Resignation syndrome: deep numbness

Resignation syndrome: deep numbness.


It has many terms to be defined, but one of them is ” resignation syndrome”. Whoever is hit falls into a real catatonic state, a deep torpor in which one no longer responds to external stimuli. You even need a feeding tubeotherwise, you risk dying. The syndrome particularly affects children and teenagers, this occurs as a result of serious trauma suffered. 


There is currently no specific treatment to cure it. You have to figure out if it’s post-traumatic stress disorder or a form of catatonia. At the basis of the onset of the syndrome, however, there are also predisposed personalities, previous childhood psychiatric disorders, those of the parents and traumatic events. The syndrome manifests itself through three phases: denial isolation and regression .

Initial symptoms may be refusal to eat, weight loss, mutism, social isolation, immobility, resistance to external stimuli. There is no specific cure, but there can be a fairly long process of improvement (months or years). The improvement process is based on the hope for a better future , which seems to affect the healing of children and young people. The important thing is to stay close to the subjects suffering from the syndrome, maintaining and stimulating human contact.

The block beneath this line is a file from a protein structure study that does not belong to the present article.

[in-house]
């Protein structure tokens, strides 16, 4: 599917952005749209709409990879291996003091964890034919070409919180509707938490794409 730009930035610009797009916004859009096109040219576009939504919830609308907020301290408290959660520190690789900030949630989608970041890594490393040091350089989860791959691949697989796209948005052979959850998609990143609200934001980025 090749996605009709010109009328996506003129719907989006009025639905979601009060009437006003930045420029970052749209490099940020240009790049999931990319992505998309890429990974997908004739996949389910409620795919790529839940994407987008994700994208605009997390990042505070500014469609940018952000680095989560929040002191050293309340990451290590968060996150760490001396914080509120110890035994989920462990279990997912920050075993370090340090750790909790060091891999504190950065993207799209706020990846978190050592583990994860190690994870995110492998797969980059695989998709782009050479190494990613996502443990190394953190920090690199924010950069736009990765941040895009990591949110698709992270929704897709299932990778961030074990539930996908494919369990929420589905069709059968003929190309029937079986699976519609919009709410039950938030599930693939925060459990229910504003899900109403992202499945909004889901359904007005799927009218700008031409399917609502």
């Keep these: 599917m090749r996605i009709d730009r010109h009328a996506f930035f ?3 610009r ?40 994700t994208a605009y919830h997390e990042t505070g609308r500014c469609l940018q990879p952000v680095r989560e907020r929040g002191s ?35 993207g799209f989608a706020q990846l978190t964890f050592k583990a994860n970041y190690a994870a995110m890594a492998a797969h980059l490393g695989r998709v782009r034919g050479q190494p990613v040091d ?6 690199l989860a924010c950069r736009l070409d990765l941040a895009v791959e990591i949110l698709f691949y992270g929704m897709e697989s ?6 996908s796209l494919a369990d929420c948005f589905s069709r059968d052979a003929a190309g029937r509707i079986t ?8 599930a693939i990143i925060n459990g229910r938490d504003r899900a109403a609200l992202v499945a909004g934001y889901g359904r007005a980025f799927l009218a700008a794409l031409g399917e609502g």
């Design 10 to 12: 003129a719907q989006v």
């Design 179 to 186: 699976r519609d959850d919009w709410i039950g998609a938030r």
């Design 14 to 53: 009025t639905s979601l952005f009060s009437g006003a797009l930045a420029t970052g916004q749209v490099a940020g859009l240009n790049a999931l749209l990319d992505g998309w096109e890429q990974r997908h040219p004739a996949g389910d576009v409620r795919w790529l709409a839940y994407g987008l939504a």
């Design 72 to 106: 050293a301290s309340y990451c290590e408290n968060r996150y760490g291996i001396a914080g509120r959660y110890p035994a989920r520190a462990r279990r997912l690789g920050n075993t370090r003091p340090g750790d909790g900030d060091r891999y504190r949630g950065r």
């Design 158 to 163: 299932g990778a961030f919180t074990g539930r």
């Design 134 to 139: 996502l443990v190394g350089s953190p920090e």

The term resignation syndrome refers to a syndrome that mostly affects children and adolescents between the ages of 8 and 15 who, at a sudden moment in their lives, following a trauma, fall into a state of torpor that leads to not waking up, not responding to external stimuli and feeding through a tube. Reported symptoms may include lethargy, malnutrition, social and emotional withdrawal, and poor responsiveness to external stimuli. Treatment of resignation syndrome in the acute phase is based on keeping the subject alive in a state of torpor; for example, nutritional support is ensured by means of a nasogastric tube, intravenous rehydration and control of bodily functions. However from the outset thecure is also psychological. These children and their families should be offered the possibility, through individual psychotherapy and interventions with the parents (parent training), to re-elaborate the negative emotions associated with the traumatic experience and to integrate permanently within the new environment being able to have adequate cultural and socio-economic opportunities. The social support to be provided not only to the subject affected by the syndrome of resignation, but also to his family is also very important.


Samanta Travini, psychologist


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